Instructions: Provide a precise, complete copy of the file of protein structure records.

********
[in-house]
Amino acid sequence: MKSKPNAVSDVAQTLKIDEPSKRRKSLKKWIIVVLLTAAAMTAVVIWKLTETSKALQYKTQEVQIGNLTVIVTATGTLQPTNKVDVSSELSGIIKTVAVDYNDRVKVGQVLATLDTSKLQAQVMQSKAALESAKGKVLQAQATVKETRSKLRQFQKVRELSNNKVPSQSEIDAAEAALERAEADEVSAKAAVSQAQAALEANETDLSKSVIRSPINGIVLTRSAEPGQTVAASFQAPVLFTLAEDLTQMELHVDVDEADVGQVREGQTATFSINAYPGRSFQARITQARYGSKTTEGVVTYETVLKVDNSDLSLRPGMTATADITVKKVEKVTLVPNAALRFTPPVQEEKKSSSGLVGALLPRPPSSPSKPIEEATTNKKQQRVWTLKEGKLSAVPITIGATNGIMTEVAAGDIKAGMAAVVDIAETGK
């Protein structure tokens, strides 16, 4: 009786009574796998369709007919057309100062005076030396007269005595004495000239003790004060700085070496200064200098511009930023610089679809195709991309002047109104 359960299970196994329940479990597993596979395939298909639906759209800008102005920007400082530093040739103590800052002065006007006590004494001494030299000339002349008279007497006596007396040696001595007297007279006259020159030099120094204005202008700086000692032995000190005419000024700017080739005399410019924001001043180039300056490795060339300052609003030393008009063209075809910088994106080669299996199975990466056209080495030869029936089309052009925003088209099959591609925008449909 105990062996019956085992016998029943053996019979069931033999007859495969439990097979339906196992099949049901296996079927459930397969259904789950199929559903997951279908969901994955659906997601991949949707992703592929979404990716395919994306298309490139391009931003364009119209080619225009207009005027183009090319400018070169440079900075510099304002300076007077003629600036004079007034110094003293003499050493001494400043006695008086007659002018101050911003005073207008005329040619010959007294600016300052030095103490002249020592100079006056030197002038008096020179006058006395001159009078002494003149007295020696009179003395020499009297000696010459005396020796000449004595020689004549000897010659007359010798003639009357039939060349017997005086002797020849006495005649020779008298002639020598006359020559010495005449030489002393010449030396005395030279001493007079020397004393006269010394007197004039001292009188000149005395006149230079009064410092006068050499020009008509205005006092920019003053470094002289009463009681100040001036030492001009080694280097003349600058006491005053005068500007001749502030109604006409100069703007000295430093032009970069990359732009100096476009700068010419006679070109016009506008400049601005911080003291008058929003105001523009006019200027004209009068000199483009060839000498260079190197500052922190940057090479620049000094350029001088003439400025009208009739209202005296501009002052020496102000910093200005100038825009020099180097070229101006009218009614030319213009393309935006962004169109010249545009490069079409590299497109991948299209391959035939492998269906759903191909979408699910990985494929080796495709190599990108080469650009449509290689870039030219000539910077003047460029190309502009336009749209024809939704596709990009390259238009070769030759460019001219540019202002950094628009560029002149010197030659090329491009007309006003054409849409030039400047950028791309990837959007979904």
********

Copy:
[in-house]
Amino acid sequence: MKSKPNAVSDVAQTLKIDEPSKRRKSLKKWIIVVLLTAAAMTAVVIWKLTETSKALQYKTQEVQIGNLTVIVTATGTLQPTNKVDVSSELSGIIKTVAVDYNDRVKVGQVLATLDTSKLQAQVMQSKAALESAKGKVLQAQATVKETRSKLRQFQKVRELSNNKVPSQSEIDAAEAALERAEADEVSAKAAVSQAQAALEANETDLSKSVIRSPINGIVLTRSAEPGQTVAASFQAPVLFTLAEDLTQMELHVDVDEADVGQVREGQTATFSINAYPGRSFQARITQARYGSKTTEGVVTYETVLKVDNSDLSLRPGMTATADITVKKVEKVTLVPNAALRFTPPVQEEKKSSSGLVGALLPRPPSSPSKPIEEATTNKKQQRVWTLKEGKLSAVPITIGATNGIMTEVAAGDIKAGMAAVVDIAETGK
């Protein structure tokens, strides 16, 4: 009786009574796998369709007919057309100062005076030396007269005595004495000239003790004060700085070496200064200098511009930023610089679809195709991309002047109104 359960299970196994329940479990597993596979395939298909639906759209800008102005920007400082530093040739103590800052002065006007006590004494001494030299000339002349008279007497006596007396040696001595007297007279006259020159030099120094204005202008700086000692032995000190005419000024700017080739005399410019924001001043180039300056490795060339300052609003030393008009063209075809910088994106080669299996199975990466056209080495030869029936089309052009925003088209099959591609925008449909 105990062996019956085992016998029943053996019979069931033999007859495969439990097979339906196992099949049901296996079927459930397969259904789950199929559903997951279908969901994955659906997601991949949707992703592929979404990716395919994306298309490139391009931003364009119209080619225009207009005027183009090319400018070169440079900075510099304002300076007077003629600036004079007034110094003293003499050493001494400043006695008086007659002018101050911003005073207008005329040619010959007294600016300052030095103490002249020592100079006056030197002038008096020179006058006395001159009078002494003149007295020696009179003395020499009297000696010459005396020796000449004595020689004549000897010659007359010798003639009357039939060349017997005086002797020849006495005649020779008298002639020598006359020559010495005449030489002393010449030396005395030279001493007079020397004393006269010394007197004039001292009188000149005395006149230079009064410092006068050499020009008509205005006092920019003053470094002289009463009681100040001036030492001009080694280097003349600058006491005053005068500007001749502030109604006409100069703007000295430093032009970069990359732009100096476009700068010419006679070109016009506008400049601005911080003291008058929003105001523009006019200027004209009068000199483009060839000498260079190197500052922190940057090479620049000094350029001088003439400025009208009739209202005296501009002052020496102000910093200005100038825009020099180097070229101006009218009614030319213009393309935006962004169109010249545009490069079409590299497109991948299209391959035939492998269906759903191909979408699910990985494929080796495709190599990108080469650009449509290689870039030219000539910077003047460029190309502009336009749209024809939704596709990009390259238009070769030759460019001219540019202002950094628009560029002149010197030659090329491009007309006003054409849409030039400047950028791309990837959007979904």